Updated UEFA, EPL and EFL Football Cost Controls
It continues to be a time of great flux in the football industry. Broadcasting rights rebates, league seasons being curtailed, actual and potential administrations, EFL announcements on cost control measures and plenty of Projects (Restart, Big Picture and Beautiful Game). EFL Chairman Rick Parry has warned of an impending £200m EFL black-hole. Richard Masters had previously announced that EPL clubs are not immune to the new COVID world. Even Manchester United’s 19/20 accounts showed a pre-tax deterioration from a £27m profit to a £21m loss. Indeed the UCL 19/20 rebate to broadcasters was estimated to be north of half a billion Euros. There are likely to be significantly difficult times ahead for the whole football family.
As a result of such systemic turbulence, a variety of football regulators have made changes to their cost control regulations. The aim of this blog is to piece together the current state of play and an outline of what the new regulations will permit.
The UEFA Financial Fair Play (FFP) break-even rules ensure a club, more or less, has to balance its books. All clubs wanting to play in UEFA competition must submit the required licensing documentation to the relevant national football association (and for break-even purposes to UEFA). Acceptable deviation is the term used to describe break-even. Acceptable deviation allows clubs to pass the FFP break-even test without actually breaking even. The acceptable deviation provisions allow a club with some losses over a certain number of seasons to ‘break even’ and therefore pass the FFP regulations.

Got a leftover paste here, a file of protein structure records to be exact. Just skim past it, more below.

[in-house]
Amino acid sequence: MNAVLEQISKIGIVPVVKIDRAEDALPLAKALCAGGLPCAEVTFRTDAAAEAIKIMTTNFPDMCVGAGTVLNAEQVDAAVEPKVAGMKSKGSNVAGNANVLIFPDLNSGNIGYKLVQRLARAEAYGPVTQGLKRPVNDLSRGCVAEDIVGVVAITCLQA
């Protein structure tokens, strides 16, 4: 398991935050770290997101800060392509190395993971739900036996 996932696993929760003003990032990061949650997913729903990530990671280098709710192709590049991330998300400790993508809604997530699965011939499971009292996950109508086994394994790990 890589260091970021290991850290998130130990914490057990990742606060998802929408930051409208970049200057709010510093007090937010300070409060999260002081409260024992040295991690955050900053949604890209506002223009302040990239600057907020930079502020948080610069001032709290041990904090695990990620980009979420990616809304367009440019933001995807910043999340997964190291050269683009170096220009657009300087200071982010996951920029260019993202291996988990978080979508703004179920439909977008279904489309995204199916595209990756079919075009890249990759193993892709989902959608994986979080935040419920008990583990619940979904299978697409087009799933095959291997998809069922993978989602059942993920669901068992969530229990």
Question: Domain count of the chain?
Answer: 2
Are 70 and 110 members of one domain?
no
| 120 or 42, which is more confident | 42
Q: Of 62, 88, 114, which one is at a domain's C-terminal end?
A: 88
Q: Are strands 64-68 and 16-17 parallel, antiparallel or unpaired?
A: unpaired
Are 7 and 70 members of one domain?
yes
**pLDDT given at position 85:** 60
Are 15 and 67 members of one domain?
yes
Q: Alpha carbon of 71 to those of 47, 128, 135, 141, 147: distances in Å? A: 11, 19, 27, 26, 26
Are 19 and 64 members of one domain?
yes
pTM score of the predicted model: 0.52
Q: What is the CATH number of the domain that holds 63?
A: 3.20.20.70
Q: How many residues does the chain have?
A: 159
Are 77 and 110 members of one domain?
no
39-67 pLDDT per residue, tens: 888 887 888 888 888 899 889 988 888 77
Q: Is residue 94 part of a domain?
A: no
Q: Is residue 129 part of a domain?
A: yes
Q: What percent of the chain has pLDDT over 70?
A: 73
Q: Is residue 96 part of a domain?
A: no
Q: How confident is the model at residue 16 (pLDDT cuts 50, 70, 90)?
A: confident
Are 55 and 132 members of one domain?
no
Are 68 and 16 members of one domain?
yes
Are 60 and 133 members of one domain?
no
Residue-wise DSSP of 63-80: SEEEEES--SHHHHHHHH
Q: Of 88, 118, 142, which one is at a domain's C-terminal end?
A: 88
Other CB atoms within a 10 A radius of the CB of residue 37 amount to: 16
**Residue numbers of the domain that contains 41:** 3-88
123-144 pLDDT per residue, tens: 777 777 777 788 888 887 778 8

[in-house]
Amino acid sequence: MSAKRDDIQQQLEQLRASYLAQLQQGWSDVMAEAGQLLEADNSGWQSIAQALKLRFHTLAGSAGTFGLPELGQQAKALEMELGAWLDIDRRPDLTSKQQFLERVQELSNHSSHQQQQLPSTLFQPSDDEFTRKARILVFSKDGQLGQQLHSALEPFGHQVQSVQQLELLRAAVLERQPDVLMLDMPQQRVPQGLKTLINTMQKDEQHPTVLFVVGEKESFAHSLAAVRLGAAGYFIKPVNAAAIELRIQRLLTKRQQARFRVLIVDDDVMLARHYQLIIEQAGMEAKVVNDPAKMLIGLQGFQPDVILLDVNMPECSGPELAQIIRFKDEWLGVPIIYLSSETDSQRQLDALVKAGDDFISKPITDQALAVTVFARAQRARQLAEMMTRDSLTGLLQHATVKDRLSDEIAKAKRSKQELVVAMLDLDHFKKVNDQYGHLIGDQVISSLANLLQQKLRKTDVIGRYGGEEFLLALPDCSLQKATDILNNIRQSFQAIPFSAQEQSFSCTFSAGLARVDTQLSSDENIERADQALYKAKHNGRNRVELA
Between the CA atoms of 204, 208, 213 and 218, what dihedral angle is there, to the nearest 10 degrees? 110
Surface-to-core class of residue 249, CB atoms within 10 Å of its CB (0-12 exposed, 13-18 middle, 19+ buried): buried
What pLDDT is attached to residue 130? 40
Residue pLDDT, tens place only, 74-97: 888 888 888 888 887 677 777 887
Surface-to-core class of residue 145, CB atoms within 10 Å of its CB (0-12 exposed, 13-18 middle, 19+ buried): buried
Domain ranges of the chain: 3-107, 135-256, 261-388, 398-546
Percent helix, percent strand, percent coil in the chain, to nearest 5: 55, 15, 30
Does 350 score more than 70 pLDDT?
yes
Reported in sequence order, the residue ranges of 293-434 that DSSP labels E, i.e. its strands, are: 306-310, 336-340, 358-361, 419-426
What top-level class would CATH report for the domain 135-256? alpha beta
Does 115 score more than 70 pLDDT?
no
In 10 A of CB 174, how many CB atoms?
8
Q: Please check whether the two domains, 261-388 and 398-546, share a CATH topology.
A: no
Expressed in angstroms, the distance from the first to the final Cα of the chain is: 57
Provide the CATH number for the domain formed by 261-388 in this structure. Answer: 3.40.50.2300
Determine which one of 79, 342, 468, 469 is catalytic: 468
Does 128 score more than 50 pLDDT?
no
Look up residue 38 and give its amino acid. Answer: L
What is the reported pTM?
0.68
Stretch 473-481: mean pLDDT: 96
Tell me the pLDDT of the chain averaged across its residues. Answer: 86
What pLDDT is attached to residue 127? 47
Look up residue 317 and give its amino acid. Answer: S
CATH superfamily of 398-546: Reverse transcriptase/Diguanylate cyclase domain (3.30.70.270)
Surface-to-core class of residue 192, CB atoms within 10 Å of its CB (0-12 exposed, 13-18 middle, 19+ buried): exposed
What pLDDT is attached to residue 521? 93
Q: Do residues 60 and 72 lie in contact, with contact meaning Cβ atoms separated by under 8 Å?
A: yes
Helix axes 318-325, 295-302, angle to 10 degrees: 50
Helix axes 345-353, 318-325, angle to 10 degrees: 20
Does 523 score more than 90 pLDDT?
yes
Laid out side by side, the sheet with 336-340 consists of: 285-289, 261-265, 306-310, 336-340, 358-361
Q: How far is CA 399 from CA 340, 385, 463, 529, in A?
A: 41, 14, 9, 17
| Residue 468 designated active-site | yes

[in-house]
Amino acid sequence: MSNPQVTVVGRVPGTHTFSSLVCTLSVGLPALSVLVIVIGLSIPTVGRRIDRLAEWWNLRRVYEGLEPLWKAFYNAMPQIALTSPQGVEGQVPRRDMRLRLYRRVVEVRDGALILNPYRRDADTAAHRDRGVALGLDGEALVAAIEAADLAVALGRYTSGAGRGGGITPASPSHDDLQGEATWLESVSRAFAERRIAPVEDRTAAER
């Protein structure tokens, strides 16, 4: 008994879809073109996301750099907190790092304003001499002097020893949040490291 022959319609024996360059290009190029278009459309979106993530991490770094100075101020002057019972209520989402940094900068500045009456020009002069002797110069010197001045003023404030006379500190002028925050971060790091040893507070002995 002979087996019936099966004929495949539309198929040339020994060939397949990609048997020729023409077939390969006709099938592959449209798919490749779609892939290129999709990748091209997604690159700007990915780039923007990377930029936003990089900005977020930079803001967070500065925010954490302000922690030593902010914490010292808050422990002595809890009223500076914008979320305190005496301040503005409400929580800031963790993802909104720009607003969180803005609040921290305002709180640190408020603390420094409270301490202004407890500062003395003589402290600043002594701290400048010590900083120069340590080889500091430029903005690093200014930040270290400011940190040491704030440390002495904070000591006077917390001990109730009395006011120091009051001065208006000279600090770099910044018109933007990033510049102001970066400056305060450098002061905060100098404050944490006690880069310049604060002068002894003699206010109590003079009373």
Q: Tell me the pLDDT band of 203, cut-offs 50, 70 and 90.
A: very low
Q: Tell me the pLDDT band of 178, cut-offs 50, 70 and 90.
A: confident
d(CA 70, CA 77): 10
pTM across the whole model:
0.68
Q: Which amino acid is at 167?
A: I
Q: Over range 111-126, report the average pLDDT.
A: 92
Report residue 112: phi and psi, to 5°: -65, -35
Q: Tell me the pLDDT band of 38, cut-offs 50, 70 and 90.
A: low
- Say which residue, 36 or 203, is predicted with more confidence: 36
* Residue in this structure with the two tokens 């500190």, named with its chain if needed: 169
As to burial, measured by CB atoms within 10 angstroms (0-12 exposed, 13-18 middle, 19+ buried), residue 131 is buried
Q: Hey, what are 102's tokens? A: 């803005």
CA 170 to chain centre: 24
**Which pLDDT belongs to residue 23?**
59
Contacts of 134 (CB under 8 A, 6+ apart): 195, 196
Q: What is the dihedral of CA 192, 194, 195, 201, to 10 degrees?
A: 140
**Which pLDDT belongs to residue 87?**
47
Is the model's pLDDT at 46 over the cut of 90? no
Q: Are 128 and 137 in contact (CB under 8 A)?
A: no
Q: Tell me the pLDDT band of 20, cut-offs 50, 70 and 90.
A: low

Three years’ worth of accounts need to be provided to UEFA to demonstrate if the club has complied with the rules. For example, a club playing in last year’s 2019-20 Champions League competition season would have been required to have provide 2018-19, 2017-18 and 2016-17 accounts to show they did not make more than a €30m loss over those three accounting years.
UEFA recently came up with rule changes to allow greater flexibility in how they will ensure FFP club compliance. It is set out in excellent detail by Swiss Ramble in this twitter thread. In summary, UEFA’s change of their regulations covers two monitoring periods:
· For the (current) 2020-21 season, the break-even assessment will be made based on two seasons (2017-18 and 2018-19) but not the COVID interrupted 2019-20 season.
· For the next 2021-22 season, the break-even assessment will be based on four seasons (2017-18, 2018-19 and then an average of the 2019-20 and 2020-21 seasons). It effectively means as UEFA explains: “the adverse impact of the pandemic is neutralised by averaging the combined deficit of 2020 and 2021 and by further allowing specific COVID-19 adjustments.”
These specific COVID adjustments (see more detail here) allow UEFA to take into account appropriate adjustments for the break-even calculation by making an adverse financial impact adjustment. In summary, UEFA will take into account the “loss of revenues between the average revenues relevant for the calculation of the break-even result recognised in the reporting periods ending in 2020 and 2021 and the corresponding anticipated average revenues foreseen for the same periods.”